(Corrects headline and first paragraph to say $40 million, not
40 million reais)
By Pedro Fonseca
RIO DE JANEIRO, April 13 A former senior
executive of Brazilian engineering company Odebrecht SA
has accused President Michel Temer of presiding over
a meeting to solicit a $40 million illegal payment in 2010,
according to video testimony released on Tuesday.
Prosecutors have said Temer cannot be investigated for
offenses committed before he assumed the presidency in 2016, but
the testimony could dent his credibility as he seeks unpopular
reforms to restore confidence in Brazil's economy.
Executive Marcio Faria da Silva, the former vice president
of Odebrecht's industrial wing, said in the video testimony that
the meeting took place in Temer's legal office in Sao Paulo.
In addition to Temer, former lower house speaker Eduardo
Cunha and Congressman Henrique Eduardo Alves from Temer's PMDB
party took part, according to testimony which was among a trove
of plea bargains by Odebrecht executives made public by a
Supreme Court justice on Tuesday.
Temer's office confirmed in a statement he had met with
Faria in 2010 in the presence of Cunha, but denied that Alves
participated. It said Temer had never discussed values with
Justice Luiz Edson Fachin released the testimony this week
after announcing investigations into nearly 100 senior
politicians as part of the Operation Car War probe into
political kickbacks on contracts with state companies,
particularly oil firm Petroleo Brasileiro SA.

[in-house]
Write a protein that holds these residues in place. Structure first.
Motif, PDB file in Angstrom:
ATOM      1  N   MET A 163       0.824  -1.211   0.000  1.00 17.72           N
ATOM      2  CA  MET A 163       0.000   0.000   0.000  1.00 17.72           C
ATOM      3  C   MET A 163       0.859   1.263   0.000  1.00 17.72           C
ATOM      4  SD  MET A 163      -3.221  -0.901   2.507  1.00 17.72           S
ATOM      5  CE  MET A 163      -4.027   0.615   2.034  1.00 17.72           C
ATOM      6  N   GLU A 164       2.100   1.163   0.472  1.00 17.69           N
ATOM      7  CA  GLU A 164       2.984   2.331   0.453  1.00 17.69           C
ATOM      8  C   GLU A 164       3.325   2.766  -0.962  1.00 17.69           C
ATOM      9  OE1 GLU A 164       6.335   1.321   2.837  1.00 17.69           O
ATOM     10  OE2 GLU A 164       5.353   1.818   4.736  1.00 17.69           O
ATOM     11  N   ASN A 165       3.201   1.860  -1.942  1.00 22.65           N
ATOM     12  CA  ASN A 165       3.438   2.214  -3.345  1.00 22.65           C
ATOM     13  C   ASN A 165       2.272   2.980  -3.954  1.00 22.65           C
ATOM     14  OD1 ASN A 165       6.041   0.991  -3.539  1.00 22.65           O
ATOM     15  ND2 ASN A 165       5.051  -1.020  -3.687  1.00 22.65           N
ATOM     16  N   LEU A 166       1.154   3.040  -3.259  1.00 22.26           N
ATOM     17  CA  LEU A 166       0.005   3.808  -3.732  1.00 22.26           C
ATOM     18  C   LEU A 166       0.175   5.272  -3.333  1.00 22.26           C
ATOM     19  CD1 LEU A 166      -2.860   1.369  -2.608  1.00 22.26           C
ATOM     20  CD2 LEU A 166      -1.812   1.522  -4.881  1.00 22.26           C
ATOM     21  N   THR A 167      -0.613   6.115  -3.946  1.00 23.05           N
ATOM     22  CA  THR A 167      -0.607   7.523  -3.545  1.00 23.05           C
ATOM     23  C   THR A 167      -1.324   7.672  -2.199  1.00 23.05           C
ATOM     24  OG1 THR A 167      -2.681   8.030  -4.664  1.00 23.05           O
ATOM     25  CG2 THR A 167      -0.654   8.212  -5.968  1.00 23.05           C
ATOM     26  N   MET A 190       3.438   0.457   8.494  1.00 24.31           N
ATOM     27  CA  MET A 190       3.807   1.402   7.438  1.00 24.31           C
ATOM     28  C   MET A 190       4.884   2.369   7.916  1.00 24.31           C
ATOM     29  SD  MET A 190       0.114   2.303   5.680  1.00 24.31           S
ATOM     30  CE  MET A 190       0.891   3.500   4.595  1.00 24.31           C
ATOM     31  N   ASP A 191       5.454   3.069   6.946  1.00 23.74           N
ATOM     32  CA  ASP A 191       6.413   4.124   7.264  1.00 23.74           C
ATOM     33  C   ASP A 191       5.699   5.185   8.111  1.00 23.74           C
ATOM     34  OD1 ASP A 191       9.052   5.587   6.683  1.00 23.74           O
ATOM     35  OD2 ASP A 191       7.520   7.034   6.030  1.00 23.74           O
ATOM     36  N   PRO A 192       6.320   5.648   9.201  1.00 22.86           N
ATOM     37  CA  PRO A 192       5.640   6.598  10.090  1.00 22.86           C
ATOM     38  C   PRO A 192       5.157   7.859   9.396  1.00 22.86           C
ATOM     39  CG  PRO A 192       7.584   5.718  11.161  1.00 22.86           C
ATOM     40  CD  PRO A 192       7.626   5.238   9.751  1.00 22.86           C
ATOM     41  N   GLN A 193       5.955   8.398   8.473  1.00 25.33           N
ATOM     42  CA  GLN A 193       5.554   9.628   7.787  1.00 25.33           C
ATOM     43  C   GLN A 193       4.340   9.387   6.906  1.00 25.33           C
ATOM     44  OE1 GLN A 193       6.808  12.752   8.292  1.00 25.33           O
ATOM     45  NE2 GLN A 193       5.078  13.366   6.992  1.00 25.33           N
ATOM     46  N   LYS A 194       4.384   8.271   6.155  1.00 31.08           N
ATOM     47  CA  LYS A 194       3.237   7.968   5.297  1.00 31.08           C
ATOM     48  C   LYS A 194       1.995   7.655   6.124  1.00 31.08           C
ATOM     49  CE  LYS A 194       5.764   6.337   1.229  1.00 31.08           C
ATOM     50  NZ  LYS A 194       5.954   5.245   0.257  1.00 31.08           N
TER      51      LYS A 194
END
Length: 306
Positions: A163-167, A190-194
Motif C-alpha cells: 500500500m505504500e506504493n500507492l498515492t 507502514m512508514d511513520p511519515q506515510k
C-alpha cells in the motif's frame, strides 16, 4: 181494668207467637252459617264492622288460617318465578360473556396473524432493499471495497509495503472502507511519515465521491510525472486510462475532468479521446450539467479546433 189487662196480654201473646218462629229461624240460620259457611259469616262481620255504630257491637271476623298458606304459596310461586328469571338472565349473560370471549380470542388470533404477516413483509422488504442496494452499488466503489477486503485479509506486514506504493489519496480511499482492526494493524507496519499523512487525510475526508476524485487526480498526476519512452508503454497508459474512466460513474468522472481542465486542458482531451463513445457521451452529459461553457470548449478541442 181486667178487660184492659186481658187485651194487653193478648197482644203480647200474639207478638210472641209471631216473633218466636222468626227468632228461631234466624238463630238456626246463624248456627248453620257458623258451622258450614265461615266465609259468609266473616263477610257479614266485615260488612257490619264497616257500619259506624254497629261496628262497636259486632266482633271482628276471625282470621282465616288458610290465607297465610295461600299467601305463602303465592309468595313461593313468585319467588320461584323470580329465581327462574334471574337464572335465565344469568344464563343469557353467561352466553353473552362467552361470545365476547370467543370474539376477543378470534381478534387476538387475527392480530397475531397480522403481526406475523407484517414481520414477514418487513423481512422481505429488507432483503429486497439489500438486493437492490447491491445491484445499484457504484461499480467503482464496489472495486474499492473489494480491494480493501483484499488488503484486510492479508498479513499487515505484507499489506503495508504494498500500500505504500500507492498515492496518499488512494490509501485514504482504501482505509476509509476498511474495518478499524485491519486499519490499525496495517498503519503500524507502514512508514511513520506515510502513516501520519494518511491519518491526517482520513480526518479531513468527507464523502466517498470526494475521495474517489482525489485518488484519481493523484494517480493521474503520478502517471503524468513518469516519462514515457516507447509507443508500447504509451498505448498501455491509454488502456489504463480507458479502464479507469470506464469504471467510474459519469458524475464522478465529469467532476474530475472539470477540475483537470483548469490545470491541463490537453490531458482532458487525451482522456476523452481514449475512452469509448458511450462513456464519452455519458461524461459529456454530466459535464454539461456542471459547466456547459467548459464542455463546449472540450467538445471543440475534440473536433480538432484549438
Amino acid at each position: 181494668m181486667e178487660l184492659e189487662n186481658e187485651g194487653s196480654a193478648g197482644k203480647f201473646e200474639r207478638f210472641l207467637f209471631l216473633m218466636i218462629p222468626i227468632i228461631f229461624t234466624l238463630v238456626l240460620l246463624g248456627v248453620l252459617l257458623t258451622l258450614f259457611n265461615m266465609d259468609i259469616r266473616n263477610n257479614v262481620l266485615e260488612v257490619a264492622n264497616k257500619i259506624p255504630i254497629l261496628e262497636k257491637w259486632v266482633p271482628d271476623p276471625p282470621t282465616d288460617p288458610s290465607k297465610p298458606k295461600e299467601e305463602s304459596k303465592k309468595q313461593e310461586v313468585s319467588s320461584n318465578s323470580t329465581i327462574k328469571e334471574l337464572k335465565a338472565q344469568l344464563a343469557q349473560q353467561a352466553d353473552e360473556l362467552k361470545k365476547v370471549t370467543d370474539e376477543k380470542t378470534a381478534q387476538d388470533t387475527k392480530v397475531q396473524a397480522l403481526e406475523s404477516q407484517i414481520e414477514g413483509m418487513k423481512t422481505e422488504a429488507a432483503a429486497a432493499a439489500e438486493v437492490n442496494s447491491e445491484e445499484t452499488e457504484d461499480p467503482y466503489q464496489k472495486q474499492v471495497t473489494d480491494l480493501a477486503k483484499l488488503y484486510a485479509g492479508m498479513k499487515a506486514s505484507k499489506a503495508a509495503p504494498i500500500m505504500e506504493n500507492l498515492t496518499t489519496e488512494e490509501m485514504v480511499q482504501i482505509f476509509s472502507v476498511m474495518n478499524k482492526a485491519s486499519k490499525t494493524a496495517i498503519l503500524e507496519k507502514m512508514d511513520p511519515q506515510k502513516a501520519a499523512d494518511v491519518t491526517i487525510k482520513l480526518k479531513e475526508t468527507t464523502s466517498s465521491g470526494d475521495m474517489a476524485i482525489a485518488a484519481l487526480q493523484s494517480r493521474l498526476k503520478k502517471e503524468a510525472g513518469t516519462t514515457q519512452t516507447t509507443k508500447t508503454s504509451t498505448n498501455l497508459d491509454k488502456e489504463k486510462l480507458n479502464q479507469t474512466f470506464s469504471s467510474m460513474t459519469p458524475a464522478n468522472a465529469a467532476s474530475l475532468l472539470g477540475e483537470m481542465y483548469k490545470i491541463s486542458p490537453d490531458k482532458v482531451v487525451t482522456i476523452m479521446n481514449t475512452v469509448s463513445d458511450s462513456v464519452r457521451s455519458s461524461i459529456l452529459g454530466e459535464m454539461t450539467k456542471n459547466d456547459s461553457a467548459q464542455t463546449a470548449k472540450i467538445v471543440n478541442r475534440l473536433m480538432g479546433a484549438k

The Odebrecht executive alleged that, while Temer did not
speak about any figures, Cunha made it clear that a payment was
"Eduardo Cunha spoke. He explained that we were seeking a
contract with Petrobras. A commitment that it would be signed
would require a very important contribution to the party," Faria
Representatives for Alves and Cunha, who is in prison
pending trial on other charges, could not be immediately reached
The new allegations came at a time when Temer is trying to
slash welfare spending and incentivize private investment, moves
which have lifted Brazil's stockmarket and currency. The veteran
politician already faces a case in Brazil's top electoral court
over illegal funding of the 2014 election when he was the
running mate of former President Dilma Rousseff.
"QUICK AND SUPERFICIAL"
Temer's office said in its statement that the conversation
with Faria in 2010 was "quick and superficial" and did not touch
any discussion of Petrobras contracts or financial amounts.
"The president categorically disputes any involvement of his
name with vested interests," the statement said. "He never acted
in the name of special interests in Petrobras nor defended the
payment of incorrect values to third-parties."
The amount of the payment allegedly requested in the 2010
meeting was based on a 5 percent levy on a contract between
Odebrecht and Petrobras worth $825 million for the maintenance
of the state oil companies' assets in 9 countries.
Asked if it was clear the meeting was to request a bribe,
Faria told investigators: "It was clearly about an unfair
advantage, because it was a percentage on top of a contract."
The executive said that once the contract was won, the
payment was made in cash in Brazil and to foreign bank accounts.
The PMDB took 4 percent of the value of the contract, leaving 1
percent for the left-leaning Workers Party that controlled the
presidency at the time.
($1 = 3.1215 reais)
(Reporting by Pedro Fonseca in Rio de Janeiro; Writing by
Daniel Flynn; Editing by Andrew Hay)